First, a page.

Anthropology and Sociology of Religions
The ASR area examines religious phenomena as social facts and cultural processes, using a combination of tools including fieldwork, archival research and textual interpretation.
Associated Faculty: Hussein Ali Agrama, Julie Chu, William T.S. Mazzarella, Omar M. McRoberts, Stephan Palmié, Jenny Trinitapoli, Mareike Winchell
Anthropology and sociology have long served as core disciplines of the social sciences, and social scientific work on religion has been foundational for our current theorizations of culture, society, personhood, language, knowledge and economy. Promoting critical inquiry of what is regarded as 'religion', anthropologists and sociologists are attendant to the categories and politics of analysis, beginning from the everyday contexts of discourse and practice that make collective institutions and competing horizons of authority possible.
Our ASR program is committed to qualitative ethnographic fieldwork, serious linguistic training, and historically sensitive research. Our Ph.D. students have worked on a range of topics from transnational movements in India, South Korea and the U.S. to spiritual tourism/ pilgrimage in Peru, Brazil and Iran. Our core faculty are experts in contemporary Islam and Christianity, with geographic specialties in the Middle East and East Asia. We maintain a particular focus on the following topics in the comparative study of religion worldwide:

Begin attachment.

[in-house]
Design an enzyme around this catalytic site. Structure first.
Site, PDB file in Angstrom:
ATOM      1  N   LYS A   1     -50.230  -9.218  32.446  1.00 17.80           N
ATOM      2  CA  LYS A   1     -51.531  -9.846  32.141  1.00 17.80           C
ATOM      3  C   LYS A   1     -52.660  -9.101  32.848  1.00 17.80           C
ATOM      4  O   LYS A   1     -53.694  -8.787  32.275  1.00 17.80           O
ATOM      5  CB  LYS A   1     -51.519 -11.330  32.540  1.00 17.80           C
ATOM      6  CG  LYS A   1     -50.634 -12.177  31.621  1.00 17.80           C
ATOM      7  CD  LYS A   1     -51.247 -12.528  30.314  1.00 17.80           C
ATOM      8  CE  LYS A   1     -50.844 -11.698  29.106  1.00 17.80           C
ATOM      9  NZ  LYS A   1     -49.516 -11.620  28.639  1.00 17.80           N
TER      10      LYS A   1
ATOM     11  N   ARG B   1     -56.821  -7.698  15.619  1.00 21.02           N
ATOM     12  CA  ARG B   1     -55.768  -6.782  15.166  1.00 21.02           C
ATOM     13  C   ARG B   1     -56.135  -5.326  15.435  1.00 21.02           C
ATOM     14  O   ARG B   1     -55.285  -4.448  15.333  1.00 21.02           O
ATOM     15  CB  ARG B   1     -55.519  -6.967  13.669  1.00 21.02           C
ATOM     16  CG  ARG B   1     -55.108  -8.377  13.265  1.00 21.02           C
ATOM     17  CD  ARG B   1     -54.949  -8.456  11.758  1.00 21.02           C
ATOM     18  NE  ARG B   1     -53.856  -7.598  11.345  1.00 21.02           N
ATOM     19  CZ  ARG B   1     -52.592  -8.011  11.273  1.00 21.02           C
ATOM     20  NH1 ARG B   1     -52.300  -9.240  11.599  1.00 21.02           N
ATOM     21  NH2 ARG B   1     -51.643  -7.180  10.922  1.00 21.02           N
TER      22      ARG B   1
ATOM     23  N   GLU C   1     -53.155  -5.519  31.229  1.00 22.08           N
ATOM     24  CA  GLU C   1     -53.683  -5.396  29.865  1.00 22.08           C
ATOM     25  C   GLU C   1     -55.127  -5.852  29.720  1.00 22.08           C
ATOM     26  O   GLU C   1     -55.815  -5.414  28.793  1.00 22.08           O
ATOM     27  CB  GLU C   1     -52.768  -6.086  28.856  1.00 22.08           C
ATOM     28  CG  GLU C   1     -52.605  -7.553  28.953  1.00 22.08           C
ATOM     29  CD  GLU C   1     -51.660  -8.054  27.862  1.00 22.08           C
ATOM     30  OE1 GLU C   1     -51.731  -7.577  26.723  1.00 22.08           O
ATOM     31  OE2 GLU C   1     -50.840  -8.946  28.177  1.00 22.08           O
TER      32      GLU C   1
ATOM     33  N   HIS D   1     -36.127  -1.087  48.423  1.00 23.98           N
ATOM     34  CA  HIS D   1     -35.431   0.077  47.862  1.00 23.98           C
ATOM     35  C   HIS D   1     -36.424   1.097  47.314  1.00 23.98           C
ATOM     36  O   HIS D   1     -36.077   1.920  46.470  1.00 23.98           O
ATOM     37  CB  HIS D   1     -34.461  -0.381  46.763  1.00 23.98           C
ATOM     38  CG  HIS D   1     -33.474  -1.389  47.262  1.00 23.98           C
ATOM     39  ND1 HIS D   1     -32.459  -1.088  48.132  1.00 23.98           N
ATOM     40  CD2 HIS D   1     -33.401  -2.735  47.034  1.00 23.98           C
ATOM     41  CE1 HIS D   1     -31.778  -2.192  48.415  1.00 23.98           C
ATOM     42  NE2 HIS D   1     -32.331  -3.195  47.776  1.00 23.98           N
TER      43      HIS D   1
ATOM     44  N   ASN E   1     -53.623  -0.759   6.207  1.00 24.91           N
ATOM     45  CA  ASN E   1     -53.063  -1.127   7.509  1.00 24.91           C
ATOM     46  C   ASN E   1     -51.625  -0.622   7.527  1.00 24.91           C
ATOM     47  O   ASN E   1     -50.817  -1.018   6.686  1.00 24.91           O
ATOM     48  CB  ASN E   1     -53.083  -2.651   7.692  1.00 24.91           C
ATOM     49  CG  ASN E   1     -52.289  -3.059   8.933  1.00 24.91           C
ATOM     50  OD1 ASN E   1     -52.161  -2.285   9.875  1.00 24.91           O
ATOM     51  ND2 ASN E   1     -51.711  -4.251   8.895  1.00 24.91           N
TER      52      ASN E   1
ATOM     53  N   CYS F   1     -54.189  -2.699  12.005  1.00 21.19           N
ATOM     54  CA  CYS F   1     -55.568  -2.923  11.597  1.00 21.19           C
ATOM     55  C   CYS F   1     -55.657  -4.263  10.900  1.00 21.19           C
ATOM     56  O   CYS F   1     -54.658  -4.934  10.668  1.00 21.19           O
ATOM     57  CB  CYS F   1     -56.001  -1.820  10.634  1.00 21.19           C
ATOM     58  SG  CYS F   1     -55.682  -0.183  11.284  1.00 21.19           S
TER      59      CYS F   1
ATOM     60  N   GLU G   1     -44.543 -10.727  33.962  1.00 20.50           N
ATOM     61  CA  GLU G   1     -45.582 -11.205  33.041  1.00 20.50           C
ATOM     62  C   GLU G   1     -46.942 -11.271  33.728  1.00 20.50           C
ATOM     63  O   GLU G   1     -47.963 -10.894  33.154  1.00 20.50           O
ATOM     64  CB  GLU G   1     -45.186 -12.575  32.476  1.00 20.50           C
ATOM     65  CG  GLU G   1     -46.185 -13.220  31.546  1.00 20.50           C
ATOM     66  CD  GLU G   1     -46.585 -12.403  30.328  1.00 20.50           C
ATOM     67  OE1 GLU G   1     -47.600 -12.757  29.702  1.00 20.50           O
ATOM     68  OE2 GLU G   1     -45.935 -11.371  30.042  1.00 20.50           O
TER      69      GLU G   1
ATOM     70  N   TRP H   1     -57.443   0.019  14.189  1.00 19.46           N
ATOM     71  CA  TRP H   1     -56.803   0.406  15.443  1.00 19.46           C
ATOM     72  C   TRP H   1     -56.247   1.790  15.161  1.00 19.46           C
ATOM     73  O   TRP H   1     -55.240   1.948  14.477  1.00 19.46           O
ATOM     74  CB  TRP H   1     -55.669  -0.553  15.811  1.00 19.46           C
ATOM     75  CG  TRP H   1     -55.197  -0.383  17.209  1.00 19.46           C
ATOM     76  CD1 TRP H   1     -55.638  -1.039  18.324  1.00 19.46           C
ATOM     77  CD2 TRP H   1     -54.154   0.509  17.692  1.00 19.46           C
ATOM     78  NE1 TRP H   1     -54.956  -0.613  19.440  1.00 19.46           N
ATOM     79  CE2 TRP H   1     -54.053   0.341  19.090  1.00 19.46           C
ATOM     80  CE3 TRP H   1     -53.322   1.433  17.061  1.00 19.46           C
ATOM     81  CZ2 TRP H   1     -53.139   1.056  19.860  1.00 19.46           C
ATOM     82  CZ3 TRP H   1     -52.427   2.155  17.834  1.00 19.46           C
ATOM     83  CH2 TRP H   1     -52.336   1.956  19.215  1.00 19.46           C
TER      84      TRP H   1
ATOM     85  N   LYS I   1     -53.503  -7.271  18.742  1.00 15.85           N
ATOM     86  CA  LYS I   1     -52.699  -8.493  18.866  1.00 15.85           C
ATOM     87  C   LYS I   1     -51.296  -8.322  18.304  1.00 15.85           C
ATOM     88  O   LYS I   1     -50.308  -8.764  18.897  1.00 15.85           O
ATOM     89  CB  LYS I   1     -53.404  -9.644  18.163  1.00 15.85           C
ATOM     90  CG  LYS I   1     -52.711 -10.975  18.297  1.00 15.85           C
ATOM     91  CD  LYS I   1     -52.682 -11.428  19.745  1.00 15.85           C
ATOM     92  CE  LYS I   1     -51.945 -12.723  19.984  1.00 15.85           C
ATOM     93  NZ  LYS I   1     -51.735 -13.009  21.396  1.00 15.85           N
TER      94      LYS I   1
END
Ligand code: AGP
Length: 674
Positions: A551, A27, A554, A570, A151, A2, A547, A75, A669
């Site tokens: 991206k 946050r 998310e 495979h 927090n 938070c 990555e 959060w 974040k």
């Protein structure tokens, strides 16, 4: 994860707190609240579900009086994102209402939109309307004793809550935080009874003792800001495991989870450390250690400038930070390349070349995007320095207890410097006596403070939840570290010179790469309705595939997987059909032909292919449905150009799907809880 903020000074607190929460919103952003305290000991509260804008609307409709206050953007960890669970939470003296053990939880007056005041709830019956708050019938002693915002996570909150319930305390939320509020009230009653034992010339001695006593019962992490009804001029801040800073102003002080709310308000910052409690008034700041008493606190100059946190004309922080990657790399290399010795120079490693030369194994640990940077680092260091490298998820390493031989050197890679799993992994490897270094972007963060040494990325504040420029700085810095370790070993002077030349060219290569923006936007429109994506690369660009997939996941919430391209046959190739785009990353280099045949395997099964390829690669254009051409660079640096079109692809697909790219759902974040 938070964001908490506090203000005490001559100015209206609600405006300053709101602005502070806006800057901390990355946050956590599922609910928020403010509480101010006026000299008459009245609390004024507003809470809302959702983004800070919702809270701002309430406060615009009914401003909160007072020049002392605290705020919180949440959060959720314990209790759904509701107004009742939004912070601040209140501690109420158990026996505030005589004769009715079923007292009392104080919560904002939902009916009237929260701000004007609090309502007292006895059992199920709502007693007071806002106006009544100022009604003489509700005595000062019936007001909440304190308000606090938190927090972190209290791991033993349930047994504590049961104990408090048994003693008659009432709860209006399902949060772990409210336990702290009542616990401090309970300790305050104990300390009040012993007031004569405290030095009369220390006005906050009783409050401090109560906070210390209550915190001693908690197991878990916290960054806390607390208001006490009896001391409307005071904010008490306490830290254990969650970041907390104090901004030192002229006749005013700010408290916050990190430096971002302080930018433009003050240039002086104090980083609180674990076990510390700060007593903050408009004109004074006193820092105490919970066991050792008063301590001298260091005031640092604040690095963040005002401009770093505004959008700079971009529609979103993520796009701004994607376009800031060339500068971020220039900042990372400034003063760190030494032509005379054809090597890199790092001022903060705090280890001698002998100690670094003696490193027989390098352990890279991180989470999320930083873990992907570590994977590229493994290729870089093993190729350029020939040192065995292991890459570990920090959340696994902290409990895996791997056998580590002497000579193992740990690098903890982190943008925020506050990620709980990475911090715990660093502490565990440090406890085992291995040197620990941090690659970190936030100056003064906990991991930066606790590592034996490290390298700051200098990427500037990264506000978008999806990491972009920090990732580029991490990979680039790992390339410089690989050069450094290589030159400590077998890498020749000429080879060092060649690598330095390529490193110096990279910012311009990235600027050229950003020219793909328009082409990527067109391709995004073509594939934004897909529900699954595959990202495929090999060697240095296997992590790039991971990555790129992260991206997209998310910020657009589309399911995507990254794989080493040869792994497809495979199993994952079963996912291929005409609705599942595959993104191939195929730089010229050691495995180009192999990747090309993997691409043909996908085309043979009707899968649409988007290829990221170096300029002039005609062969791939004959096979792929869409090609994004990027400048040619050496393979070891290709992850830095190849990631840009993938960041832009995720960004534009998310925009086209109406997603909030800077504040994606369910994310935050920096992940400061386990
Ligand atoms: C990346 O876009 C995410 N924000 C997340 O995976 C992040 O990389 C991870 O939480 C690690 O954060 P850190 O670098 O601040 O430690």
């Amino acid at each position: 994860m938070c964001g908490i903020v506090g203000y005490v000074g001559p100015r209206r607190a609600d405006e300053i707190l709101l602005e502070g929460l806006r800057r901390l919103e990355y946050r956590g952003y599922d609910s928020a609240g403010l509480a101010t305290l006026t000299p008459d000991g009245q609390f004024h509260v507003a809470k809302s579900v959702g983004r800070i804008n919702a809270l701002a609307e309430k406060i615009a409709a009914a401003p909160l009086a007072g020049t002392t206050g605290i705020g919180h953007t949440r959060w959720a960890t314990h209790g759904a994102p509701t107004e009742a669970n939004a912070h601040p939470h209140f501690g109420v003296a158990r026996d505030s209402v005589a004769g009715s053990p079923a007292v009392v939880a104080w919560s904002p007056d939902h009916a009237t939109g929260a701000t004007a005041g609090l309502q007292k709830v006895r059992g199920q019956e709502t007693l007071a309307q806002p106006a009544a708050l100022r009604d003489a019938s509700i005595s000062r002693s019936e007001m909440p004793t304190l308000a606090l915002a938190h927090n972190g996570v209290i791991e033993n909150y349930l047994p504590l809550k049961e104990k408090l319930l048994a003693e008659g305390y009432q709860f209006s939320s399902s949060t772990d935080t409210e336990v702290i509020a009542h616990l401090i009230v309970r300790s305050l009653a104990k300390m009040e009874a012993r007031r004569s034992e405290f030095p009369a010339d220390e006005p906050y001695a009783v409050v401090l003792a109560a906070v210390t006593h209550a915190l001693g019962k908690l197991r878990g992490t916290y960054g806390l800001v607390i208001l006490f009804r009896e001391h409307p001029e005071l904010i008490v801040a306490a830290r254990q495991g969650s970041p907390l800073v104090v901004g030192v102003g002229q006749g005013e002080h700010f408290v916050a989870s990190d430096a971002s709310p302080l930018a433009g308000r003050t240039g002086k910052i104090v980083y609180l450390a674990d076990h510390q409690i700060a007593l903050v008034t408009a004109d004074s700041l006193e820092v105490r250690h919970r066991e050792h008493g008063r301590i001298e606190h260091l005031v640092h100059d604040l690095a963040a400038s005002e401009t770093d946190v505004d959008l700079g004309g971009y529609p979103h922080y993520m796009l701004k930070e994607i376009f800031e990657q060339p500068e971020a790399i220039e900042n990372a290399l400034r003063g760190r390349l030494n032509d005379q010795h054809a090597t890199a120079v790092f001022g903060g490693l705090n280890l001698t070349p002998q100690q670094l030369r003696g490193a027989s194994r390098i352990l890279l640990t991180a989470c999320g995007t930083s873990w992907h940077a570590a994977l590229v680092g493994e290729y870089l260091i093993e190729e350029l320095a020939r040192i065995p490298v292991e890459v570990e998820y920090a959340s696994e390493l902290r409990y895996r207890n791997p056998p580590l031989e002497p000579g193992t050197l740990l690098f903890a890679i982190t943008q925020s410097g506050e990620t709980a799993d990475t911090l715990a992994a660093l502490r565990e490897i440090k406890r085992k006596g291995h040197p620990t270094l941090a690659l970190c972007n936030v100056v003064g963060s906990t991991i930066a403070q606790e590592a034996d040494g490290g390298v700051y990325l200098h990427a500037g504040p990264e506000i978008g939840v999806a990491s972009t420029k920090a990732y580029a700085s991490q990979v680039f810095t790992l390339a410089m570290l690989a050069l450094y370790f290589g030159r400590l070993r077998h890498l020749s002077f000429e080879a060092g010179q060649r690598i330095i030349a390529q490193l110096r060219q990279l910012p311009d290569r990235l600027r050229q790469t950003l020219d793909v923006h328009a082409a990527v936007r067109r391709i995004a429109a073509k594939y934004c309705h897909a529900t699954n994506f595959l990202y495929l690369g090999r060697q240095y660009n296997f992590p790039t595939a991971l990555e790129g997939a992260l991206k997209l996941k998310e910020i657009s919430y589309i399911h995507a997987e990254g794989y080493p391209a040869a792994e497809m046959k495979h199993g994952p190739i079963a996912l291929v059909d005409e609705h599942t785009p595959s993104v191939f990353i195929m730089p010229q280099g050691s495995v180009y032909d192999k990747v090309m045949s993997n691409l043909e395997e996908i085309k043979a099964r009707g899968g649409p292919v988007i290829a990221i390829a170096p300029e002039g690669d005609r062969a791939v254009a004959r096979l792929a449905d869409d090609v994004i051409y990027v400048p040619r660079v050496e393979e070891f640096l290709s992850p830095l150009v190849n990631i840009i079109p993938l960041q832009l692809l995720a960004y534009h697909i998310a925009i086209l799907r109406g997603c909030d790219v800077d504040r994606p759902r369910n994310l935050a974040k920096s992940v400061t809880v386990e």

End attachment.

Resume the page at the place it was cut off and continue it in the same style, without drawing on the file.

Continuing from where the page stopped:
- epistemology and philosophy of knowledge
- media and materiality
- political economy, authority, governance
- colonialism, nationalism, globalization
ASR students at the Divinity School gain unique training, combining a rigorous theoretical approach with fieldwork tools as well as engaging complementary methods in the historical, philosophical, and literary study of religion. Our students are encouraged to take courses in other areas of study within the Divinity School such as History of Religions, History of Christianity, Islamic Studies and Religions in America, as well as in other university departments outside the Divinity School such as the Departments of Anthropology and Sociology. ASR is also active in fostering collaborative work with students in other areas and disciplines through our student-run Religion and Human Sciences Workshop (see below).
- The Anthropology of Religion
- Ethnographic Methods and Fieldwork
- Classical Theories of Religion
- Sociology of Religion in Urban Contexts
- Material Religion
- Transnational Religious Movements
- Is Modernity Disenchanted?
- Magic, Science and Religion
- Feminism and Islamic Studies
- Shi’ism and Modernity
- The Occult, the Paranormal and the Extraterrestrial
- Comparative and Global Christianities
- Spirits of Capitalism
- Religion and the Cold War
For PhD Students
The following documents provide guidelines for current and prospective PhD students in ASR. Please consult these texts before contacting the faculty with questions.
- ASR PhD Guidelines
- ASR Fieldwork Guidelines
- ASR Dissertation Proposal Guidelines
- Divinity PhD Milestones Chart
- ASR1 - Classical Theories (examination bibliography)
- ASR2 - Contemporary Theories (examination bibliography)
- ASR3 - From Colonialism to Globalization (examination bibliography)
- ASR4 - Modern Islam and Power (examination bibliography)